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March 4, 2008

From English Teacher to Book Group Facilitator

Posted by carol
I had the pleasure of meeting Esther Bushell last fall at a luncheon that was held for Alan Drew, the author of Gardens of Water. She told me that she was a longtime reader of both and I invited her to lunch at our offices where she shared stories of her role as a book group facilitator. Her keen knowledge of books --- and how to moderate discussions of them --- made me immediately invite her to blog for us. -- Carol Fitzgerald

Nobody ever says, "Hi, Esther. How are you?" Everyone does say,"Hi, Esther. What are you reading? What are you recommending?" For forty years, I was an English teacher in Greenwich, Connecticut, first at a junior high and then at Greenwich High. My students always associated me with grammar and literature, and to this day, they remember my phone calls to their homes when we studied nominative case pronouns. I would call and say, "Is this Susan?"and Susan was expected to say,"This is she," or "It is I." The kids in this town also knew that I battled to include To Kill a Mockingbird, The Catcher in the Rye, Much Ado about Nothing, In Cold Blood, Ragtime, Montana 1948, and A Lesson Before Dying into the schools' curriculum.

As I approached retirement, my adult students, many of whom were in book groups, would call to ask me to lead a book group discussion about The Catcher in the Rye. About that same time, a young woman from the dot com industry, Jenny Lawton, bought an independent bookstore, Just Books, in Old Greenwich, and we became fast friends. The confluence of readers going to Just Books to buy books that I was recommending prompted Jenny to suggest that I offer a series of book discussions about the classics, on a subscription basis. Thirteen people signed up to meet six times a year, in the evenings, to discuss Hamlet, The Canterbury Tales, and other great works of literature. In November of 2003, I attended the tenth Greenwich High school reunion of the Class of '93, and there I reconnected (in the ladies' room) with Avideh Bashirrad, a marketing manager at the Random House Publishing Group. When I told Avideh that I was leading some book groups, she invited me in to lunch and talk with her --- and to her, too, I attribute many of my ideas for expansion and certainly steady, loyal support and exposure.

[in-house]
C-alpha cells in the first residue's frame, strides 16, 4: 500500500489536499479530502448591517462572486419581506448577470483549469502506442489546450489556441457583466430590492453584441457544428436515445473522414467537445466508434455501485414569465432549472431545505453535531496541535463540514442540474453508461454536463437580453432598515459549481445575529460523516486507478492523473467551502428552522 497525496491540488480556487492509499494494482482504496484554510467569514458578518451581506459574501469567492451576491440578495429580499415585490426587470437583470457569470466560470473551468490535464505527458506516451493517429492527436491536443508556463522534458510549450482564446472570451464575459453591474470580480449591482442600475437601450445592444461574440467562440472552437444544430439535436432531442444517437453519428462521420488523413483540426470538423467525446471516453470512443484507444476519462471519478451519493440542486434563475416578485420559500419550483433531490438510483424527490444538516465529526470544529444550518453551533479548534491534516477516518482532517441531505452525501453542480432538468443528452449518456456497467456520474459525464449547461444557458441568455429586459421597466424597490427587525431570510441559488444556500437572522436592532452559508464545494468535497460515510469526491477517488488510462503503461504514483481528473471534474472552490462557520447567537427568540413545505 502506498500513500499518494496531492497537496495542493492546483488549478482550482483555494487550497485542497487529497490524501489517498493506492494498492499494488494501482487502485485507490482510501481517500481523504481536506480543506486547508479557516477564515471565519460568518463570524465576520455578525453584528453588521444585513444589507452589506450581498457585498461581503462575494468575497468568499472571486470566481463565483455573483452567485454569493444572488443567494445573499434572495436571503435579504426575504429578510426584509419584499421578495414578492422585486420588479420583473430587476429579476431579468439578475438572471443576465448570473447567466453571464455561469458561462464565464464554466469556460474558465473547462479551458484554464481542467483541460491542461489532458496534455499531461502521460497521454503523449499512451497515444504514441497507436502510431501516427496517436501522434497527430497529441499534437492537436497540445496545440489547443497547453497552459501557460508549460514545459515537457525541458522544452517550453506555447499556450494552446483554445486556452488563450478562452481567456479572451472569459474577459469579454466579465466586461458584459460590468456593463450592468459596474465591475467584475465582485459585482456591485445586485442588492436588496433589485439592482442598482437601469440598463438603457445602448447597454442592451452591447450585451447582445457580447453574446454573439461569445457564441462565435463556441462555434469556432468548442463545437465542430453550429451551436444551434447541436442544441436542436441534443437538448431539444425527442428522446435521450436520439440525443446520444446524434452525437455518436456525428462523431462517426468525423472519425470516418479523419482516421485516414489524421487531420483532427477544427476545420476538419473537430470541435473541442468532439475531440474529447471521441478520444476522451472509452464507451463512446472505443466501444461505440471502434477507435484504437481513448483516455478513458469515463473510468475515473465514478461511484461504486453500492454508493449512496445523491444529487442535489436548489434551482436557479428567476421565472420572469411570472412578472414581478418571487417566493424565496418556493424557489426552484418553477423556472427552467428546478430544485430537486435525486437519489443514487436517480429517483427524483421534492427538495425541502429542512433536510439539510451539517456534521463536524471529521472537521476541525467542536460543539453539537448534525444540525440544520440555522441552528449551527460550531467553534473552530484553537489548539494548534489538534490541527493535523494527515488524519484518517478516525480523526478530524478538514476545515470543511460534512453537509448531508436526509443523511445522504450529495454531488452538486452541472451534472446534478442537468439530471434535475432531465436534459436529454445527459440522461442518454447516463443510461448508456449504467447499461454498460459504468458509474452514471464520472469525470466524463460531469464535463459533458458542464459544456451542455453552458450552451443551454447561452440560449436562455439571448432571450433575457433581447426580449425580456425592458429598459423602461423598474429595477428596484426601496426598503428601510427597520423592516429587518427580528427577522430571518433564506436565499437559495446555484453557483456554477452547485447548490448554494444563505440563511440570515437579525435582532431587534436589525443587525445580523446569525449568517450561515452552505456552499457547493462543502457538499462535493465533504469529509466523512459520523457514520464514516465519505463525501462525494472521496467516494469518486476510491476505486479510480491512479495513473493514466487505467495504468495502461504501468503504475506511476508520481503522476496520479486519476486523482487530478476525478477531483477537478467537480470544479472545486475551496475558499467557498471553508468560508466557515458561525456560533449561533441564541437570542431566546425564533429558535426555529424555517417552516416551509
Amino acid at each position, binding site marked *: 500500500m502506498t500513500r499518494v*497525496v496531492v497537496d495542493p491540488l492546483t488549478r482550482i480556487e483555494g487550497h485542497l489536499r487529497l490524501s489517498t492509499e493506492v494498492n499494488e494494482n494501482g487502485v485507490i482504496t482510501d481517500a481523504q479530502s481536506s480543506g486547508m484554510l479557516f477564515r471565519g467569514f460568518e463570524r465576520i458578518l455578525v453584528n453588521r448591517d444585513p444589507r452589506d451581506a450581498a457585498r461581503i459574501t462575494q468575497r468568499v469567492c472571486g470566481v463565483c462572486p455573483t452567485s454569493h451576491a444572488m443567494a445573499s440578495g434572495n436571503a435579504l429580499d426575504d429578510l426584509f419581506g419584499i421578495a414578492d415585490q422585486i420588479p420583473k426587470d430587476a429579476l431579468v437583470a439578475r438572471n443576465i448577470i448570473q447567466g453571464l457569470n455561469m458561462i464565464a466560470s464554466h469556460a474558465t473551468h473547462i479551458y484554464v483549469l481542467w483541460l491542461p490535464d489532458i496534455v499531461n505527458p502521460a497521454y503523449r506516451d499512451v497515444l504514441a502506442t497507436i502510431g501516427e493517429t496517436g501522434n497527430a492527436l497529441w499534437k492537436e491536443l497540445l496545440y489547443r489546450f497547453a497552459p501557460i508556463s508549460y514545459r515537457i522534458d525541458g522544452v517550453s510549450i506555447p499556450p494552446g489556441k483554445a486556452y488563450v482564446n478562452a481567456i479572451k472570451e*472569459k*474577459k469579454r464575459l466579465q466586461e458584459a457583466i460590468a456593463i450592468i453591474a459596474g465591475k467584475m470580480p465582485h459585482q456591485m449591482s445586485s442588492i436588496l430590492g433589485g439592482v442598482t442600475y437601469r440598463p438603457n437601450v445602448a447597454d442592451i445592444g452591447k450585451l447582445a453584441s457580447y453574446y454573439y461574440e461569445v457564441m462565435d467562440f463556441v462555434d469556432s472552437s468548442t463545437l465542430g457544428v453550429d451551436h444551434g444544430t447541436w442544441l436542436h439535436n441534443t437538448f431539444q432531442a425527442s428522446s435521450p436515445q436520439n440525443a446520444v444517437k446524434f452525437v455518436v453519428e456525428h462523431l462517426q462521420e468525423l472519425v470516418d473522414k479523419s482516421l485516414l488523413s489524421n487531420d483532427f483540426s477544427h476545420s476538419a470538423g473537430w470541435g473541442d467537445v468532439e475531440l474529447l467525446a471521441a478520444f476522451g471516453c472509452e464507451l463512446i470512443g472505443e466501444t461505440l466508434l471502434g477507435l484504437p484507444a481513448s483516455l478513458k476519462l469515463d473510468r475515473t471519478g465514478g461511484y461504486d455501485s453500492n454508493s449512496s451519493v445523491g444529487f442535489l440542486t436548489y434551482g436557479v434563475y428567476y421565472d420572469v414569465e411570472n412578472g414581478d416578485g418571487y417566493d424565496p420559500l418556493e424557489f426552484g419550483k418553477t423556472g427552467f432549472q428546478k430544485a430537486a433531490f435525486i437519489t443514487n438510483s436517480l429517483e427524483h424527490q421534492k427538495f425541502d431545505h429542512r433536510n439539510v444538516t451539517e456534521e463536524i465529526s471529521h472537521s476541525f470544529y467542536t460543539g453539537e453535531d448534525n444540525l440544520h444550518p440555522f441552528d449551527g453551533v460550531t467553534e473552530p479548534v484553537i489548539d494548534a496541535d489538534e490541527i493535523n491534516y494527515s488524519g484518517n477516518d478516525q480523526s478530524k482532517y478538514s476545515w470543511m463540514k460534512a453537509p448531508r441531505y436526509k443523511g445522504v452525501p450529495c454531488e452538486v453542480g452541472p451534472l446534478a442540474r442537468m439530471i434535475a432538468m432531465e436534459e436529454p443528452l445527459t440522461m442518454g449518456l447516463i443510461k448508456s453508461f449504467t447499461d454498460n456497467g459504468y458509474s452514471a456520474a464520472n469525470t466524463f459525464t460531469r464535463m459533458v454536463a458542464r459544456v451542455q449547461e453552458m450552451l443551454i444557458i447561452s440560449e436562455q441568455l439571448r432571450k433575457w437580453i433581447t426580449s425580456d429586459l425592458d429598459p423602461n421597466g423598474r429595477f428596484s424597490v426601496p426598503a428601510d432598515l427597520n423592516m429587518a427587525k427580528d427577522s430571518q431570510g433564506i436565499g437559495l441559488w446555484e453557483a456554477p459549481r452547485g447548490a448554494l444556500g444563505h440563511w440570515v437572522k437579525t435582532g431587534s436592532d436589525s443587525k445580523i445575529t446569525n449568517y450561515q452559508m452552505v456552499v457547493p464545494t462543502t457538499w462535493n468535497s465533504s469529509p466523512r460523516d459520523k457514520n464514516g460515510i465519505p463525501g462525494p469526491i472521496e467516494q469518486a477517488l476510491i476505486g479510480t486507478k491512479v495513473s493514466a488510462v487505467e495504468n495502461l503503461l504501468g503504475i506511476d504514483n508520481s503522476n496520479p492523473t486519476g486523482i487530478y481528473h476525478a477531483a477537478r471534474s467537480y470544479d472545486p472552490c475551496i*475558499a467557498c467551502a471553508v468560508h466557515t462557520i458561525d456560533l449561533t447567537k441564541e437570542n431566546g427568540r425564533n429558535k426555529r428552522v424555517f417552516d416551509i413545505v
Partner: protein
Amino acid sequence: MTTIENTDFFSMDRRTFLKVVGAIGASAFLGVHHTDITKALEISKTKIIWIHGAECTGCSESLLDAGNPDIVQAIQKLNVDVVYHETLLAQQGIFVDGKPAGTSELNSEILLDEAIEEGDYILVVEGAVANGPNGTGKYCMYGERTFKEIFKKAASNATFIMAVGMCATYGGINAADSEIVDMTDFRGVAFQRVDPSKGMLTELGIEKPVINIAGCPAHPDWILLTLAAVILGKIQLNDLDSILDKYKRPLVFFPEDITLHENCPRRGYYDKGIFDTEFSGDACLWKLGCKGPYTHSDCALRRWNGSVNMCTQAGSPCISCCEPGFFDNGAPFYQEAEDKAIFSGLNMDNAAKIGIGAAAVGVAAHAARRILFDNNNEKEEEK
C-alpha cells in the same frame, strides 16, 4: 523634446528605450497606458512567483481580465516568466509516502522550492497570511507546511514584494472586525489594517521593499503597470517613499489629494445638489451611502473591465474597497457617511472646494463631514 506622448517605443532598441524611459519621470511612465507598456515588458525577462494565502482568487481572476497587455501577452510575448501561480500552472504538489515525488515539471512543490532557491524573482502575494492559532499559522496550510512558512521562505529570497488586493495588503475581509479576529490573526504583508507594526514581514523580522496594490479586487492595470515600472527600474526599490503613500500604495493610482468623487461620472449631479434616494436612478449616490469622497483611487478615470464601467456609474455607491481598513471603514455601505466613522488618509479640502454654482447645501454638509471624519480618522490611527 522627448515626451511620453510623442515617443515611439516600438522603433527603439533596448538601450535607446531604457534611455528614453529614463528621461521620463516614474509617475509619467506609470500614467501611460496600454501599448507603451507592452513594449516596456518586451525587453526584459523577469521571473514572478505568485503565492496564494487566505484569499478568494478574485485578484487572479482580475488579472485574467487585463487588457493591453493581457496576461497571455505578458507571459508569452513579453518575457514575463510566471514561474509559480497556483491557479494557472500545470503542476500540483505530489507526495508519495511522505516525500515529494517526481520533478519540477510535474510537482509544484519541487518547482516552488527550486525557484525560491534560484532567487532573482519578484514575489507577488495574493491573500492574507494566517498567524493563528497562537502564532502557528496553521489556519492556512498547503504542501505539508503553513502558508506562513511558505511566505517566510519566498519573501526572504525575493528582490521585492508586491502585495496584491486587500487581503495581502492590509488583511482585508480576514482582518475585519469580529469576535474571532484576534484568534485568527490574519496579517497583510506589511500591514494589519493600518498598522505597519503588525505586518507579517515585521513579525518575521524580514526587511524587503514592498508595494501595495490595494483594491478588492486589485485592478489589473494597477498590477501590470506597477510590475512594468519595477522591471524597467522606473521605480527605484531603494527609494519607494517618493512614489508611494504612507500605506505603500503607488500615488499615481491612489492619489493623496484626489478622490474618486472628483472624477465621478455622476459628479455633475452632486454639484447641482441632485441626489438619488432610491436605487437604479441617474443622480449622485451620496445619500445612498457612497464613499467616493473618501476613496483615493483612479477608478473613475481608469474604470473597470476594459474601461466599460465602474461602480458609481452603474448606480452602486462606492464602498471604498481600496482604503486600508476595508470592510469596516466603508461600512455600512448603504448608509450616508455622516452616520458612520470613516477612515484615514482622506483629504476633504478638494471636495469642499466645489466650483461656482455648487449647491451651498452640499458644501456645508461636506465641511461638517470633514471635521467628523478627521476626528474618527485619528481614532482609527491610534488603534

Now, of course, I lead many (if I counted, I'd have a heart attack!) book groups, some of a monthly basis, some on a bimonthly schedule, and some just once or twice a year. I also lead discussions at St. Paul's Episcopal Church in Riverside, at the First Presbyterian Church in Greenwich, and last year, I led a series for Jewish Family Services of Greenwich.

Research and discussions with Avideh and Russell Perreault at Vintage/Anchor motivated me to begin a modified GREENWICH READS! In the fall of 2006, Russell expedited the appearance of Julie Otsuka, author of When the Emperor Was Divine, to speak at the Perrot Library in Old Greenwich. Just Books, Too, sold books at the event, and we deemed it a success for the community. Now I am beginning to work on a similar event for the fall of 2008.

One of the popular events that I love to do are birthday parties. I've done several adult birthday parties where I come in to discuss books, suggest titles for their book groups, and then answer questions. I attend these events armed with bibliographies and lists!

Of particular interest to me now is the burgeoning interest in couples' book groups. This is a tough audience: even though we'd like to think that literary fiction is not necessarily gender specific, we do know that men and women often are attracted to very different books. Some successes with couples' book groups have included To Kill a Mockingbird/In Cold Blood; five tales about love and marriage from The Canterbury Tales, and T.C. Boyle's, Tortilla Curtain.

I am paid per person. When I first started out, I would be paid at the end of every discussion. Now I am paid either once or twice a year, still per person, but it means that if someone doesn't show up for a discussion, I am not financially penalized. After all, my preparation is for everyone.

People know me as the book person, and I love my new identity and my second career. In addition to reading significant books, many in galley form sent by publishers, I've also made many new, interesting friends. My world has expanded and my life is full of reading adventures.

What am I recommending? A Pigeon and a Boy by Meir Shalev and Evan Fallenberg Shalev; Before I Die by Jenny Downham; Evidence of Things Unseen by Marianne Wiggins; Gardens of Water by Alan Drew; and Old Filth by Jane Gardam.